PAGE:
Tale of Vietnamese Dragon

In Asian myths, no creature is as impressive as the dragon. For Vietnamese peasants, the dragon was a vivid symbol of the fourfold deity-clouds, rain, thuvietnamese-dragon-1nder and lighting. Represented by an S shape, dragons are depicted on artifacts dating back to the Dong Son-Au Lac culture, which existed in northern Vietnam in the first millennium B.C. Later came the cult of Tu Phap, or the Four Miracles. Long ago stargazers identified the Dragon constellation made up of seven stars arranged like an S. The brightest star is the Mind (Tam), also known as the Divine (Than) star. The word Than may also be read as Thin (Dragon), which denotes the third month of the lunar calendar and represents the Yang vital energy.

Dragons were also associated with kingship. Evervietnamese-dragon-2y Vietnamese person knows the legend of Lac Long Quan and Au Co. Lac Long Quan (King Dragon of the Lac Bird Clan) is known as the forefather of the Vietnamese people. He is said to have been the son of a dragon, w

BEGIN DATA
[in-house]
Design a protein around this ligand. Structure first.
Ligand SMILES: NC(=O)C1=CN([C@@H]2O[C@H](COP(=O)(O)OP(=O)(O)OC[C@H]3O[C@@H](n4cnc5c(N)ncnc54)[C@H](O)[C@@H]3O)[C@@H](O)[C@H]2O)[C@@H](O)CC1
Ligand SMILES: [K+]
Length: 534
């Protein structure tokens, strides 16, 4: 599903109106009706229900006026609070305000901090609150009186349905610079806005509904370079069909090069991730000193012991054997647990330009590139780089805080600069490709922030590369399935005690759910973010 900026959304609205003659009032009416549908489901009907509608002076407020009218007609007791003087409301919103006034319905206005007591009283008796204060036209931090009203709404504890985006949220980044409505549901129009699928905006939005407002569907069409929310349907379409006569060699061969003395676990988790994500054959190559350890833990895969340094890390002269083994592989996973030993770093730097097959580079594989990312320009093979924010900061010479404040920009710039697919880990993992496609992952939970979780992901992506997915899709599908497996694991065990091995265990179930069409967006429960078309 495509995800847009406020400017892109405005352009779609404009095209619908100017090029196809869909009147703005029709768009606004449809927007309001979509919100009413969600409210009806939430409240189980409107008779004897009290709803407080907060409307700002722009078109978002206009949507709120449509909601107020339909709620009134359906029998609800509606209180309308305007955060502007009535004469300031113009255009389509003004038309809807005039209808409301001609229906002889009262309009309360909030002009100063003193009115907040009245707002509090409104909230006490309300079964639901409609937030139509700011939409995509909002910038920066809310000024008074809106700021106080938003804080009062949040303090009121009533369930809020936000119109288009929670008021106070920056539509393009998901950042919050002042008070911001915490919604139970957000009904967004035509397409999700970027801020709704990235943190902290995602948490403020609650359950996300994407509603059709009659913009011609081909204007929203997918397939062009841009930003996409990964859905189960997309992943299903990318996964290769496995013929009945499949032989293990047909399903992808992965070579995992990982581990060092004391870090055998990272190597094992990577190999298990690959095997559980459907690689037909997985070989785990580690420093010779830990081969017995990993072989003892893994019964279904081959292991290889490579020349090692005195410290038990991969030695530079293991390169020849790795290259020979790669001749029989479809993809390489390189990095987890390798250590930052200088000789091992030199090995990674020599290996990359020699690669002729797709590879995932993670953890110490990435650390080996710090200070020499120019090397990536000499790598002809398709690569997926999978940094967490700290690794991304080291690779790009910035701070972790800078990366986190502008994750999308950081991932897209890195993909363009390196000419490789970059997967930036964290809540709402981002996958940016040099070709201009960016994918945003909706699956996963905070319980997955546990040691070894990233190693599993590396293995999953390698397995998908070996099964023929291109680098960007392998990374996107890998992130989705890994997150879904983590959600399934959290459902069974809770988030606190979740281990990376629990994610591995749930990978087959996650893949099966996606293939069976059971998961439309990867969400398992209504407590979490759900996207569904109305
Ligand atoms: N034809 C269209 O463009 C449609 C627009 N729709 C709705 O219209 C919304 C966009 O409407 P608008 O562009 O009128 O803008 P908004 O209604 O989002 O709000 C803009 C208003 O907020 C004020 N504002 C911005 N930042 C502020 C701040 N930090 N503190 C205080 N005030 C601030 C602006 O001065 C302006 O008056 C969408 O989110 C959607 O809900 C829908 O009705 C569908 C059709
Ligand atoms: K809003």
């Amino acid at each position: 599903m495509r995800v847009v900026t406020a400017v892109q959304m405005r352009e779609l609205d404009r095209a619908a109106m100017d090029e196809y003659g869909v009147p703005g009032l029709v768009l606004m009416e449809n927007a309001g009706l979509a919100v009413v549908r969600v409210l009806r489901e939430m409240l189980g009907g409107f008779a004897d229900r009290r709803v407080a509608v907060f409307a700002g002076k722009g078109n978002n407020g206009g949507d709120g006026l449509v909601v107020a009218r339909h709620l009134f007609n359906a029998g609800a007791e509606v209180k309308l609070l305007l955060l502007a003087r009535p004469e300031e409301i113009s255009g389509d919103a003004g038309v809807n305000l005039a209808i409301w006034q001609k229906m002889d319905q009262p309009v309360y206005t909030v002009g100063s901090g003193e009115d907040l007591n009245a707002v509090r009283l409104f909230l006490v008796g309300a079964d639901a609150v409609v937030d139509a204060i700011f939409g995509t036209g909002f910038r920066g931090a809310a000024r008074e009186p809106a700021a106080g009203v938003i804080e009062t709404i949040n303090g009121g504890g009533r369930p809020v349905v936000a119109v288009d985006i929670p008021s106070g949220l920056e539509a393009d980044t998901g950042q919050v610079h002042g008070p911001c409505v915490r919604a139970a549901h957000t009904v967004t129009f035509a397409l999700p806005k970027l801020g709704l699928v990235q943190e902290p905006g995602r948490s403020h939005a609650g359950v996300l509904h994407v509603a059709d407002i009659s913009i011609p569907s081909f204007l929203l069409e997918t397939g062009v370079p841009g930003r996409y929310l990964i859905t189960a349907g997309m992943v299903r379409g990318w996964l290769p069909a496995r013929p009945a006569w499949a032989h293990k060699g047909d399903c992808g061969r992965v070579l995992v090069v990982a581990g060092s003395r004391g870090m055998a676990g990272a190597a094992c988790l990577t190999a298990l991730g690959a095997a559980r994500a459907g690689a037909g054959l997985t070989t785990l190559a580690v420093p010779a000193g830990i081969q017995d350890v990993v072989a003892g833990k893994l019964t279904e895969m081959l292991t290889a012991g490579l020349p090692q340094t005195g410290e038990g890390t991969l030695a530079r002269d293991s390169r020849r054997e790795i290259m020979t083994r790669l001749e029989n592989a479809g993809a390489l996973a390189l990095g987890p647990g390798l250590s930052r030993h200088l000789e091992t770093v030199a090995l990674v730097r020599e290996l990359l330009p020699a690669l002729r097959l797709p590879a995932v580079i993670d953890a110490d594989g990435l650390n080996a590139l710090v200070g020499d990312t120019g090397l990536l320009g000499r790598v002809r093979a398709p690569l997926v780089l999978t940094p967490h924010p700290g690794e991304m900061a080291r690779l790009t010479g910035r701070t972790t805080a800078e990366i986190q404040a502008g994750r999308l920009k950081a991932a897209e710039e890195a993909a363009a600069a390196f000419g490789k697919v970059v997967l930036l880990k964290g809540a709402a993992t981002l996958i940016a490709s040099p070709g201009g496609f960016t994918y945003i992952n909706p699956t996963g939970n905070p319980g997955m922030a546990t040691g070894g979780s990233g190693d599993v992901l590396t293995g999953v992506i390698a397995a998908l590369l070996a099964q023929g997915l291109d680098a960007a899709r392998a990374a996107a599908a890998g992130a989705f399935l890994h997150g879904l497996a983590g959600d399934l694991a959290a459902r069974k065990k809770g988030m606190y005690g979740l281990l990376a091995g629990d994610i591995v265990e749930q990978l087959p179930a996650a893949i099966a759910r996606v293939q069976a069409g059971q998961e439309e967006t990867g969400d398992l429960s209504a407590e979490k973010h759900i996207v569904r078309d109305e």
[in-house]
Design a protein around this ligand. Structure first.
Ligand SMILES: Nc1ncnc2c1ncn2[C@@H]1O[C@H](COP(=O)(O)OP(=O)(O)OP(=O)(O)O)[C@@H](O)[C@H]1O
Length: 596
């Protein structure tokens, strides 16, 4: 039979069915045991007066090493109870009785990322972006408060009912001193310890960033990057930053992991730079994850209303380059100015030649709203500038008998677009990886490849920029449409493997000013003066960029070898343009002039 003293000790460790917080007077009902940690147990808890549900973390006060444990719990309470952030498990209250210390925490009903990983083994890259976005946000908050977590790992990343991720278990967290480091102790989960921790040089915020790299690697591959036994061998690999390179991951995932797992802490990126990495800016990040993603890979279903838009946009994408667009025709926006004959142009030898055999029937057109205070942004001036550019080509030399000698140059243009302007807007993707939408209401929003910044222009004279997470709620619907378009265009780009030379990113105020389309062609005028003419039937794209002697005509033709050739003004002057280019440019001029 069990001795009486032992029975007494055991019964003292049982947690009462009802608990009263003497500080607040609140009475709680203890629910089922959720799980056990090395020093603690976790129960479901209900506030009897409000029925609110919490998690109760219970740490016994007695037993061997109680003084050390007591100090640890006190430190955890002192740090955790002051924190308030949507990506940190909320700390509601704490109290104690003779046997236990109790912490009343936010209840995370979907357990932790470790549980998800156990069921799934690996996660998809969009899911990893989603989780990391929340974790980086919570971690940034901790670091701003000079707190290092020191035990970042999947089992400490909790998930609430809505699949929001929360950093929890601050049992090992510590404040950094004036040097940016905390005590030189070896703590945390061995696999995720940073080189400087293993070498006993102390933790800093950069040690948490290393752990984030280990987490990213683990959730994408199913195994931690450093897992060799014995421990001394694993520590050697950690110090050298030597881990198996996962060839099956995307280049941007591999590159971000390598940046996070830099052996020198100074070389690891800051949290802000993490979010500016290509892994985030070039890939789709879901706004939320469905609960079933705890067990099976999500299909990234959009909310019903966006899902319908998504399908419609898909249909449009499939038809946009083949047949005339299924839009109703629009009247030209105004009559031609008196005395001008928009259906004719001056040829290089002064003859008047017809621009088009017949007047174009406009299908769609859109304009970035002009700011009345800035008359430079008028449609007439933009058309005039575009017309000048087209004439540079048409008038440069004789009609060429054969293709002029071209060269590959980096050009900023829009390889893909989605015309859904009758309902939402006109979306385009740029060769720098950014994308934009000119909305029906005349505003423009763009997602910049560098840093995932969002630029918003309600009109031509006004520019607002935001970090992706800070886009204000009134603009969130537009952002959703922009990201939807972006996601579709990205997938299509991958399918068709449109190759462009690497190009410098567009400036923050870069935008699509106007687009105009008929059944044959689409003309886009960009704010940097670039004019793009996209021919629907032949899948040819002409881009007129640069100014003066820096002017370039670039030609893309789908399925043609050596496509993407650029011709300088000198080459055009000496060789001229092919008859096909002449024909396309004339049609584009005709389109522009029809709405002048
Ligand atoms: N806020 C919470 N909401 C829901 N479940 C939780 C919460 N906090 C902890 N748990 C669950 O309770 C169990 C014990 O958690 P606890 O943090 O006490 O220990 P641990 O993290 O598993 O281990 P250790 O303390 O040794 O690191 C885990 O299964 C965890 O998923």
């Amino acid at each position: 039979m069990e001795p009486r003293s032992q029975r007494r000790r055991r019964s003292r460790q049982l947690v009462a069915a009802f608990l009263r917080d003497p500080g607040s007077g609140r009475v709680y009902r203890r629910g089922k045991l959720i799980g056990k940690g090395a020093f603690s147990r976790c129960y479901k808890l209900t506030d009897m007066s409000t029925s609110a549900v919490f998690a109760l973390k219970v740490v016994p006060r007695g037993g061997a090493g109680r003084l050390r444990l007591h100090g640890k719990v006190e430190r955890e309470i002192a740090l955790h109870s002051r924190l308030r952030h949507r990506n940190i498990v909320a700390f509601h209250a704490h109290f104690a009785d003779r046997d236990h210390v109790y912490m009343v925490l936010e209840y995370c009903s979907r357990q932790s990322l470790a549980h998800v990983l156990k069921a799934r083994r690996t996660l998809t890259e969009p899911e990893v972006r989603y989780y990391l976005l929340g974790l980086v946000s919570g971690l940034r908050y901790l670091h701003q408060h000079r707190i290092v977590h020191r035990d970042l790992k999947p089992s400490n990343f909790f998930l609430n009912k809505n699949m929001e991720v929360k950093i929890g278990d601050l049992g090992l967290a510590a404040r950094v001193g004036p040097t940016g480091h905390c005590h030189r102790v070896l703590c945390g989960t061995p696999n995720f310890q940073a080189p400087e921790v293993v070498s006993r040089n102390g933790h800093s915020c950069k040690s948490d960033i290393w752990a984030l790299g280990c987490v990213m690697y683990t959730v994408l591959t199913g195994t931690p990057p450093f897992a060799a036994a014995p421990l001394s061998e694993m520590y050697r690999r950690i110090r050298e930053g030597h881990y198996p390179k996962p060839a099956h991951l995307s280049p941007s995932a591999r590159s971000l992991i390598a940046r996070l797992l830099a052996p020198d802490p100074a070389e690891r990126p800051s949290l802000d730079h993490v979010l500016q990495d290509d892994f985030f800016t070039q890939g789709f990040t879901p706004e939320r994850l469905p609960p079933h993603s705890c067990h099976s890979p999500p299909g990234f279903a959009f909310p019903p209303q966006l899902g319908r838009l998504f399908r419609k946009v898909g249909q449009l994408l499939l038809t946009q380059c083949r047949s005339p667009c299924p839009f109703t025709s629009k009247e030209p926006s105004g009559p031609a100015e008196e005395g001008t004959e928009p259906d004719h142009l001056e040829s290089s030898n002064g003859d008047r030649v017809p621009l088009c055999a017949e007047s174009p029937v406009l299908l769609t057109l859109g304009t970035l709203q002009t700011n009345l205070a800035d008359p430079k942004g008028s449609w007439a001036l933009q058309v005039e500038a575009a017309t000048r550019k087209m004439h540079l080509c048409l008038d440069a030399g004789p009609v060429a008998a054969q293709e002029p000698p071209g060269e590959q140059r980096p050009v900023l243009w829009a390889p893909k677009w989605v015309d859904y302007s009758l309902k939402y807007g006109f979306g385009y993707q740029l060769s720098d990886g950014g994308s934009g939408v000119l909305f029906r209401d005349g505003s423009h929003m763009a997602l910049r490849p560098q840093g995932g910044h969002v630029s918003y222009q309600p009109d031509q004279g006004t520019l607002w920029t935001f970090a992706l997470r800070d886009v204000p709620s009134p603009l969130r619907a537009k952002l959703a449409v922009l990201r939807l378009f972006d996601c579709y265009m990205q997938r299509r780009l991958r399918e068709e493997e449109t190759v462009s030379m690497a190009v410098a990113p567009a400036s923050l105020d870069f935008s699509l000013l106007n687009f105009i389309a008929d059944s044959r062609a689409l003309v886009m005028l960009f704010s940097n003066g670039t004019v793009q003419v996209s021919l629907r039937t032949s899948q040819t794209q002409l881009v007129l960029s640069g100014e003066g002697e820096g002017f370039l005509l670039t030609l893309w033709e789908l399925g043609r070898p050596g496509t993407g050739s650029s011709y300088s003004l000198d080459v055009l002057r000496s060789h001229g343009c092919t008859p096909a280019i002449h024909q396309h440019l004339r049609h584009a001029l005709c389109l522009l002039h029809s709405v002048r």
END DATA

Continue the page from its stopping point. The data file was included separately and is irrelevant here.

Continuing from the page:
hile his wife, Au Co, was the child of a fairy. Their eldest son, King Hung, taught the people to tattoo their chests, bellies and thighs with dragon images to protect themselves from aquatic monsters.

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Parallel Sentences in Vietnamese New Year

 

parallel-sentences
Parallel Sentences

Parallelism played an important role in Vietnamese classical literary style. It marks every literary genre from prose to poetry, including a kind of rhymed prose. It entirely governs a particular genre, call parallel sentences.

 

A pair of parallel sentences comprises tow parts, the words of which must stand opposite to one another in the six tones of the Vietnamese language as well as in meaning.

In Vietnam in the old days, parallel sentences were composed during meetings between literati, in salons, on the occasion of festivals, weddings, and even funerals. According to the circumstances, their contents might be solemn, laudatory, or mocking.

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